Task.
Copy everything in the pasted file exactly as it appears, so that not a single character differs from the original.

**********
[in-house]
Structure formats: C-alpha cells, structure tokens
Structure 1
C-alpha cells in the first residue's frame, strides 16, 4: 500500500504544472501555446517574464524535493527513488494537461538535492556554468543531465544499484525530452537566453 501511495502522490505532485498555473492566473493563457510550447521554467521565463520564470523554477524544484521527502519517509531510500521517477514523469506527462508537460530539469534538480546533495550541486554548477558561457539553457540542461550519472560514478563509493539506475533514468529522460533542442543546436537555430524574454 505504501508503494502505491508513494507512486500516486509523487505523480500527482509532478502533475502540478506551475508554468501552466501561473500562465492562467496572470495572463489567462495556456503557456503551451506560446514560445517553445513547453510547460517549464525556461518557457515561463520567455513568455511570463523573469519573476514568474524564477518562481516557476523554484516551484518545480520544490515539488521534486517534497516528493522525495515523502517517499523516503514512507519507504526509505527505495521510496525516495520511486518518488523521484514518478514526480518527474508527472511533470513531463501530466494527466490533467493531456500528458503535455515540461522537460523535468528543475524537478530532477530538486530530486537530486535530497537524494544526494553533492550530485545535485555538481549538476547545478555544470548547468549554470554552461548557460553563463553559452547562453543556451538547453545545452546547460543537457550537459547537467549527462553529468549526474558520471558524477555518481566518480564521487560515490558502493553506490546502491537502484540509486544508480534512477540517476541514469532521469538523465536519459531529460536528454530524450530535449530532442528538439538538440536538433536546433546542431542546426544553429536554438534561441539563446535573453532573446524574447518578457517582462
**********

[in-house]
Structure formats: C-alpha cells, structure tokens
Structure 1
C-alpha cells in the first residue's frame, strides 16, 4: 500500500504544472501555446517574464524535493527513488494537461538535492556554468543531465544499484525530452537566453 501511495502522490505532485498555473492566473493563457510550447521554467521565463520564470523554477524544484521527502519517509531510500521517477514523469506527462508537460530539469534538480546533495550541486554548477558561457539553457540542461550519472560514478563509493539506475533514468529522460533542442543546436537555430524574454 505504501508503494502505491508513494507512486500516486509523487505523480500527482509532478502533475502540478506551475508554468501552466501561473500562465492562467496572470495572463489567462495556456503557456503551451506560446514560445517553445513547453510547460517549464525556461518557457515561463520567455513568455511570463523573469519573476514568474524564477518562481516557476523554484516551484518545480520544490515539488521534486517534497516528493522525495515523502517517499523516503514512507519507504526509505527505495521510496525516495520511486518518488523521484514518478514526480518527474508527472511533470513531463501530466494527466490533467493531456500528458503535455515540461522537460523535468528543475524537478530532477530538486530530486537530486535530497537524494544526494553533492550530485545535485555538481549538476547545478555544470548547468549554470554552461548557460553563463553559452547562453543556451538547453545545452546547460543537457550537459547537467549527462553529468549526474558520471558524477555518481566518480564521487560515490558502493553506490546502491537502484540509486544508480534512477540517476541514469532521469538523465536519459531529460536528454530524450530535449530532442528538439538538440536538433536546433546542431542546426544553429536554438534561441539563446535573453532573446524574447518578457517582462